New times for the oldest underground in the worldOpened in 1863, the London Underground – also known as the ‘Tube’ – is the oldest and one of the busiest metro systems in the world. In November 2018, London Underground (LUL) commissioned Siemens Mobility to design and build 94 new Inspiro trains for the Piccadilly line. This is the first order in the plan to upgrade the four deep tube lines. Approximately 5 million passengers a day use the 11 metro lines – 700,000 of which use the Piccadilly line. With the Deep Tube Upgrade Programme, LUL aims to modernize the four Deep Tube lines – Piccadilly, Bakerloo, Central, and Waterloo & City lines – as well as to increase capacity by 2035. These lines make up a third of the London Underground network.
“The introduction of new trains on the Piccadilly line will significantly improve the journeys of millions of our customers, providing more frequent and more reliable trains for decades to come. This order will mean the replacement of the 1970s Piccadilly line fleet, with delivery of the new trains starting in 2023, and will help address crowding on the line as London’s population continues to rise.”Nigel Holness, Managing Director of London Underground
New fast trains with increased passenger comfort and capacityWith a top speed of 100 kph, the new trains will be instrumental in helping London Underground achieve its plans for a 27 trains per hour service on the busy Piccadilly line by the end of 2026. Thanks to their lightweight construction and innovative design, the trains will offer significant weight reduction while increasing energy efficiency and comfort.
Taking the Tube into the future
From 2023, the innovative new trains from the Inspiro family will be delivered to the Piccadilly line. Equipped with a range of special design features, this generation of Deep Tube trains will offer a new dimension of passenger comfort and travel experience:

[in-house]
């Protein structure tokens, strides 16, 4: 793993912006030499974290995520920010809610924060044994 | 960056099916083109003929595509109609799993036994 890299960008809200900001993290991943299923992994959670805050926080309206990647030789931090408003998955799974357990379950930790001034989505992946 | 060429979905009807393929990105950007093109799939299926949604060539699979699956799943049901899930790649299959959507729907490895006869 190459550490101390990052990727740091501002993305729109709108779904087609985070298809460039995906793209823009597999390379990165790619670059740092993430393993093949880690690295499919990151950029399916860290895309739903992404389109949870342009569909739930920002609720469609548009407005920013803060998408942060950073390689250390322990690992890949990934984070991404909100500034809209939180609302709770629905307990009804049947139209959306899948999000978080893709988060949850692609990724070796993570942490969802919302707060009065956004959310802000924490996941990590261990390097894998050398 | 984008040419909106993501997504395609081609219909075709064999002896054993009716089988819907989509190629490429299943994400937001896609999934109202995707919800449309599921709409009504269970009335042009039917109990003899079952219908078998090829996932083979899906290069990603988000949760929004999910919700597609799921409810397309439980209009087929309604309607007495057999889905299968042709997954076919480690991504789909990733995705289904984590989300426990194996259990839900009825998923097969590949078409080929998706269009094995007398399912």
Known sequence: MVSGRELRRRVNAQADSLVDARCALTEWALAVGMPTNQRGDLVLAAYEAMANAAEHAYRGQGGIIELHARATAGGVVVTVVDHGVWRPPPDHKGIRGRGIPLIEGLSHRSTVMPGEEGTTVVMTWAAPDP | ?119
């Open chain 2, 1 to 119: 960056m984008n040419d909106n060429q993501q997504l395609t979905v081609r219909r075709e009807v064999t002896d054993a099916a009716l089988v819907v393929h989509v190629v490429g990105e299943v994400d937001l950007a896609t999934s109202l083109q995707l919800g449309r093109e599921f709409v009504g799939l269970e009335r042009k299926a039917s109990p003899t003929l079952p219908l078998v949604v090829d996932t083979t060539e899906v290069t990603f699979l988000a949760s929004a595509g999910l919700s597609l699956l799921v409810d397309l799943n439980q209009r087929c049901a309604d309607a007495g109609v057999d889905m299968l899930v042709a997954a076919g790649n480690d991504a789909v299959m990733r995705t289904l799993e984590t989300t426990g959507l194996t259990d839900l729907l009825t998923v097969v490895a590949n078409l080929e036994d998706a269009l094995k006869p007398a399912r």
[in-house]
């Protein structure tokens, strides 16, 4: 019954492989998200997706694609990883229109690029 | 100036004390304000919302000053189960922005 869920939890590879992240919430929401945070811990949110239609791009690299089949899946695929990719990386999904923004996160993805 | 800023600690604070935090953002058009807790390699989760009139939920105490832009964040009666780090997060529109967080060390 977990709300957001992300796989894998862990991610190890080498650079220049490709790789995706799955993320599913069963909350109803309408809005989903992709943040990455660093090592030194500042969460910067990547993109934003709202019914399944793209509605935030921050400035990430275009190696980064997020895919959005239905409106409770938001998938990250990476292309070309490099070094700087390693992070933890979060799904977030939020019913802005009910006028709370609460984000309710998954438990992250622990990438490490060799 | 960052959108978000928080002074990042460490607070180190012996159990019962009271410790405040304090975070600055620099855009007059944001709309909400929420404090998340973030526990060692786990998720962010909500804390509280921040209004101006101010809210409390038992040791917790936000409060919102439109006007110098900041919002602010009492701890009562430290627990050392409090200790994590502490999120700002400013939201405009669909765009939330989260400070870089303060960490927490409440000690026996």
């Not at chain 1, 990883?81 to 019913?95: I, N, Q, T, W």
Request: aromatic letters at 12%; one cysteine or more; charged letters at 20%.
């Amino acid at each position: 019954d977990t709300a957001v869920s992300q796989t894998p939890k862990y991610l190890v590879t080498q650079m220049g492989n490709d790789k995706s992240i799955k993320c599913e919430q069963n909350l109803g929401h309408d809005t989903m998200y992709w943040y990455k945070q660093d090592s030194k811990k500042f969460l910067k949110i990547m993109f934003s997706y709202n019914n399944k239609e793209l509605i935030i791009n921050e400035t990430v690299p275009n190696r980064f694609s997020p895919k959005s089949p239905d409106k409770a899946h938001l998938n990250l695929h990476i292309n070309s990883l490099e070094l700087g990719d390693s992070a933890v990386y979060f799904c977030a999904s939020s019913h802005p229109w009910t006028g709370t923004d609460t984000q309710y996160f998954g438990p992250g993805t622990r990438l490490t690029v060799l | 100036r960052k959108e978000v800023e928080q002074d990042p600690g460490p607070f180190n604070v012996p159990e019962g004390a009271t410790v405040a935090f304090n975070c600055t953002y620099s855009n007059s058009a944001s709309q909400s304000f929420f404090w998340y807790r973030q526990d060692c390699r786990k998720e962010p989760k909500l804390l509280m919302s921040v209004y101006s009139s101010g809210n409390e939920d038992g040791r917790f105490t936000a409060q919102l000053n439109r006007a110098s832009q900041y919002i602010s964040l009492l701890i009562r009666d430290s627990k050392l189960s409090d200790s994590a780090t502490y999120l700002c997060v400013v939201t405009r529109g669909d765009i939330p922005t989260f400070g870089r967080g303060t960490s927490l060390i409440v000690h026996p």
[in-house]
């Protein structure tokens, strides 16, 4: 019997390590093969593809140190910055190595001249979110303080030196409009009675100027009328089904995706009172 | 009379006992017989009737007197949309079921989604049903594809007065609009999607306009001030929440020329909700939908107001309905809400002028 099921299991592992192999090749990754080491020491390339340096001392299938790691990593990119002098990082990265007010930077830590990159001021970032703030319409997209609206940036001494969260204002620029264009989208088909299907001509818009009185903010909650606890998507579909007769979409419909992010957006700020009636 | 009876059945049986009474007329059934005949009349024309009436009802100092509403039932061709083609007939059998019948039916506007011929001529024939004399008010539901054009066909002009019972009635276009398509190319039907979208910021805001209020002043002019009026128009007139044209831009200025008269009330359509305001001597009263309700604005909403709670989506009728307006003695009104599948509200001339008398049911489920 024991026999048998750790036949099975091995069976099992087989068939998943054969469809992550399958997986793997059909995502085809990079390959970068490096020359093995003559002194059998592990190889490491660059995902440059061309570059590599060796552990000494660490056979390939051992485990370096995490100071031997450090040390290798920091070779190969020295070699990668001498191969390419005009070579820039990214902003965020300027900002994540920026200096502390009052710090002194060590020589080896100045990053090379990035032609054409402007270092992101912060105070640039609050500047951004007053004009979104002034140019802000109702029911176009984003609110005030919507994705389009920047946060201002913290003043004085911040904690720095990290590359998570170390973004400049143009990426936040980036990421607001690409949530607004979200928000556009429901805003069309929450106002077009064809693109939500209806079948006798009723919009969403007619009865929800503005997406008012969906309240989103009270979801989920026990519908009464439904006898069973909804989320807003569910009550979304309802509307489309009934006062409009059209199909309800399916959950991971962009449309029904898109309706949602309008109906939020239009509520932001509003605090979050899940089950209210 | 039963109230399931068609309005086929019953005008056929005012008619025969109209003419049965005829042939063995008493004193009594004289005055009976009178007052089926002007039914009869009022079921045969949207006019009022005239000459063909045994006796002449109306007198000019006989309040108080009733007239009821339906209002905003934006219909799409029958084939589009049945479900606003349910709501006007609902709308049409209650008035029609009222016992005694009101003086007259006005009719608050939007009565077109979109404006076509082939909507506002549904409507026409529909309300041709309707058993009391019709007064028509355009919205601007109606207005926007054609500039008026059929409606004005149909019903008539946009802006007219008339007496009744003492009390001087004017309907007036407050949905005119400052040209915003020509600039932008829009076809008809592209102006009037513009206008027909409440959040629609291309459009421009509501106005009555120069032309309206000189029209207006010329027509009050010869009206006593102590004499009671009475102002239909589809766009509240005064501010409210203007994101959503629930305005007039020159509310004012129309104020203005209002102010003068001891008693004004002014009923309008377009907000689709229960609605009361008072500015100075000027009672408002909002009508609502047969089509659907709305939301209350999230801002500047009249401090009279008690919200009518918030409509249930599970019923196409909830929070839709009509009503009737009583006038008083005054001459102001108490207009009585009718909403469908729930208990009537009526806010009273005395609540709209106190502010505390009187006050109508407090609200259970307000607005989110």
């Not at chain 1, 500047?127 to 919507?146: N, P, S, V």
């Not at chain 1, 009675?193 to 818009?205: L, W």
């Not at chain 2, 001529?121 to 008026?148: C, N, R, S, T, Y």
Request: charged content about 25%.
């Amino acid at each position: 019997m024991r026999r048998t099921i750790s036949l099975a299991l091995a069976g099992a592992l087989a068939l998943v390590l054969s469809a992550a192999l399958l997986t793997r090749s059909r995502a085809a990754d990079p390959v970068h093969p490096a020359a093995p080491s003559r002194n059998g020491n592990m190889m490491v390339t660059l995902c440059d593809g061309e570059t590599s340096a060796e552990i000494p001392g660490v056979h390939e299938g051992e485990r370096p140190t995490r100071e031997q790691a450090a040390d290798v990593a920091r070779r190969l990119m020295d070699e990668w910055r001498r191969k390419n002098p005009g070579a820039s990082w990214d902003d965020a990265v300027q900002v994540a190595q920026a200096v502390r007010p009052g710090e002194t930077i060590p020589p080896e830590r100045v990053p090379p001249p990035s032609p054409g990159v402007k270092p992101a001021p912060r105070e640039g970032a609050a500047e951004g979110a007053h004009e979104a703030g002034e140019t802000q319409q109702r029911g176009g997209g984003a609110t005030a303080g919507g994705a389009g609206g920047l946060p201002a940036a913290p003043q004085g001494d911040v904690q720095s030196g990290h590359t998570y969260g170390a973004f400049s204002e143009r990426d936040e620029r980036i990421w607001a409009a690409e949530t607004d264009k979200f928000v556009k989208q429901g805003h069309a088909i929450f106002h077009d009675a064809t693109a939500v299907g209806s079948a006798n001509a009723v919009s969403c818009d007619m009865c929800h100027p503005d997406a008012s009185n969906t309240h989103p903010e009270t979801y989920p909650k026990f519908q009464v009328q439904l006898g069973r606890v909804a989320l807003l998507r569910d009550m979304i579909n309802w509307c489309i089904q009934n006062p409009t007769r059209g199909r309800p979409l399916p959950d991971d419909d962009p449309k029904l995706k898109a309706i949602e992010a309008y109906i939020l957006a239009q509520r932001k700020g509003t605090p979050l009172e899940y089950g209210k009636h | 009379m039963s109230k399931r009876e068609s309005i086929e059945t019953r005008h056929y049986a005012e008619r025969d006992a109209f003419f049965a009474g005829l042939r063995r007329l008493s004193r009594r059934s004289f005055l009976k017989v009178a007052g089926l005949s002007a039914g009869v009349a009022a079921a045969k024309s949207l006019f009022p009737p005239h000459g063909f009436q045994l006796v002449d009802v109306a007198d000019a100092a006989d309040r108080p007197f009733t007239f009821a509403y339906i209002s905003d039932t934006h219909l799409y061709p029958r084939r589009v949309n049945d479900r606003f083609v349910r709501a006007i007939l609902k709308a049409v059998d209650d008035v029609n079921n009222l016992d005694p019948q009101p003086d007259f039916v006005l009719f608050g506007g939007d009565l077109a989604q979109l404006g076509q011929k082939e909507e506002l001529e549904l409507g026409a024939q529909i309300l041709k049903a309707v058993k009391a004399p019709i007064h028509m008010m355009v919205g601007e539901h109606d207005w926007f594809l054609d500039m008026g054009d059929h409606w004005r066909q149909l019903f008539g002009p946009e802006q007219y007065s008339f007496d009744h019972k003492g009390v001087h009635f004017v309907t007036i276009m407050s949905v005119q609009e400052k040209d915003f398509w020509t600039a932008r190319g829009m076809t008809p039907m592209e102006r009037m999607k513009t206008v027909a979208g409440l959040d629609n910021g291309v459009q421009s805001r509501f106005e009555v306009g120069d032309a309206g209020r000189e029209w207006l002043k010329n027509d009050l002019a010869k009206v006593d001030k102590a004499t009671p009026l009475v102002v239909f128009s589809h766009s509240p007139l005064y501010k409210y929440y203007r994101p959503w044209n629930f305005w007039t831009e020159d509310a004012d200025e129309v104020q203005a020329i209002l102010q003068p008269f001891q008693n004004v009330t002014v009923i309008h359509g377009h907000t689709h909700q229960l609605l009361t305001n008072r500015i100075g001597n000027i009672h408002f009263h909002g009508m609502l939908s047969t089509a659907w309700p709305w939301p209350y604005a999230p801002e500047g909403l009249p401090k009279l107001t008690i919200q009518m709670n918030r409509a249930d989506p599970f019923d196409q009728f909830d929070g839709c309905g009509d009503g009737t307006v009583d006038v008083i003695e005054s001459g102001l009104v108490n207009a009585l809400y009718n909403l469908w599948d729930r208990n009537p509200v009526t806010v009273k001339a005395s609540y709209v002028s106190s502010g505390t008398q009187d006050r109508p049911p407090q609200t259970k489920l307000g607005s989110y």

- Heritage design – aligned with London Underground’s iconic global image
- Open, walk-through carriages – creating a light and airy look as well as allowing more space to move for passengers, enhancing passenger safety and passenger flow
- Maximised passenger capacity
- Large door openings – to enable easy access on and off the train and to improve passenger flow
- Full air conditioning
- Passenger information system – with multiple screens in all carriages to provide dynamic travel information
- A track friendly design – for reduced maintenance cost
- Redundant system design of vital components – for high train availability
- Extensive testing in the Siemens Test Centre in Wildenrath, Germany – ensures reliability from the first day of operation
- Future proofing – with trains designed for a 40 year life
Prepared for tomorrow's needs
Sustainable reliability for the long-term
Siemens will also be offering ...
... a range of digital services based on its Application Suite Railigent®.